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Everlasting Flowers

There are four popular ways of drying flowers. :- Air drying, Glycerine, Moist drying and by using a desiccant.

Air Drying

Air drying is the simplest method; pick the flowers with as long a stem as possible when they are just fully out. Strip off the leaves and hang them upside down in bunches of 3 – 6 stems in a cool, dark, airy place until fully dry.


Glycerine is helpful in giving grasses a lovely silken sheen or to retain a plants suppleness. Dilute 1 part glycerine in 2 parts hot (boiled) water, mix together well and stand the plant in a jar containing 2-3 ins (5-7.5 cm) of the mixture. Leave for 4-5 days until they change colour.

Moist Drying

Leave on the plant until the flowers are fully mature then cut, remove all the foliage and stand in a jar containing 2ins (5cms) of water. Once this has been used up they should be allowed to dry naturally. If the petals show signs of withering once the water is used up add a little more water.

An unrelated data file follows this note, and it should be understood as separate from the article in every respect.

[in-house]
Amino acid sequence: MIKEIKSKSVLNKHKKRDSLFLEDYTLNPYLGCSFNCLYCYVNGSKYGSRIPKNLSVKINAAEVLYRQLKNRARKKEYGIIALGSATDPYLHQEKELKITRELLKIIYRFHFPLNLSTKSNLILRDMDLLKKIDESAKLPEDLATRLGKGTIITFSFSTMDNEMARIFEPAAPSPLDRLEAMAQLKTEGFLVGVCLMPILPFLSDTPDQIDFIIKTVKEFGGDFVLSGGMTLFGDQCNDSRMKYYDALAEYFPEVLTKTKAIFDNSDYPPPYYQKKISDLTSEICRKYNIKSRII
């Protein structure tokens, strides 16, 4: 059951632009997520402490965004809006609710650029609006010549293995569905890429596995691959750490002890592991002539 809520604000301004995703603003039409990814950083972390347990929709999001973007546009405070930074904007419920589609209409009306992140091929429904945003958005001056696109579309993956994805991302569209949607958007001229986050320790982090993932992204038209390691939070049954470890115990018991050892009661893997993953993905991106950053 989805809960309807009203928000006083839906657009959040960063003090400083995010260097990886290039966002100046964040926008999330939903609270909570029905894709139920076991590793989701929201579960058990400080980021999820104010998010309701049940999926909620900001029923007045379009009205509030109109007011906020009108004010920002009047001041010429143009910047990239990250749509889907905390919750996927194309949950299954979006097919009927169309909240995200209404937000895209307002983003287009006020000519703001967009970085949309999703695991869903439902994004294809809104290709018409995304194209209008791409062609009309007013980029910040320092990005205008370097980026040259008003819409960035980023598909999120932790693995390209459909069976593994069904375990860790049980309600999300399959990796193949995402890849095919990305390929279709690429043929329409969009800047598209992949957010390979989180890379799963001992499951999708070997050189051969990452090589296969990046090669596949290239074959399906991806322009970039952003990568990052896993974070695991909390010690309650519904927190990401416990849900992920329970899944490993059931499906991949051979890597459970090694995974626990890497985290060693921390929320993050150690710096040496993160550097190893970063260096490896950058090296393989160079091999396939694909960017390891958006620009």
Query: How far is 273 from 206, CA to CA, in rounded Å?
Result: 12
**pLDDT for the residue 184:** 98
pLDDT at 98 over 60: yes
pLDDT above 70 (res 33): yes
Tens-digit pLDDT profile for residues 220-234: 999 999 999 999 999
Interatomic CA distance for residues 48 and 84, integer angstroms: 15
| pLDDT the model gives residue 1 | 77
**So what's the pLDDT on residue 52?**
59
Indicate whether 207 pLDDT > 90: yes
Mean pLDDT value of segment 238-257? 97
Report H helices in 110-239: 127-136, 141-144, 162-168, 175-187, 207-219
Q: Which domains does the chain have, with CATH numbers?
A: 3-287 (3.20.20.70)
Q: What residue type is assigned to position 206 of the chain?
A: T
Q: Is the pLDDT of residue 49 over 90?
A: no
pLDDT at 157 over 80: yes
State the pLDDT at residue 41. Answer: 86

This method is useful for the more fleshy flowers, which don’t dry easily by any other method. Use a cardboard shoebox or similar and cover the bottom with ½ – ¾ in (12-18mm) of desiccant (silica gel or similar). Place the flowers on this and work the desiccant carefully in among the petals until they are fully covered and only the stem shows. For a first attempt it’s best to start with daisy like flowers, which should be placed face downwards in the desiccant. Seal the lid on the box with sellotape and place in a WARM DRY place until dry.

The time taken will depend on the size and texture of the flowers, but it usually takes around 2 weeks. Lift the flowers out with extreme care and brush off any surplus desiccant with a soft paintbrush.

Seed heads should be left on the plant until fully ripe, and then be brought in and air dried for several weeks.

Gourds should be harvested when fully ripe, this can be seen by the fruit changing colour and becoming hard. Leave them on the vine a little longer if you are doubtful. Cut the gourd with a small piece of stem attached and bring in to room temperature to dry. After several weeks when fully dry they can be given a coat of clear varnish if required.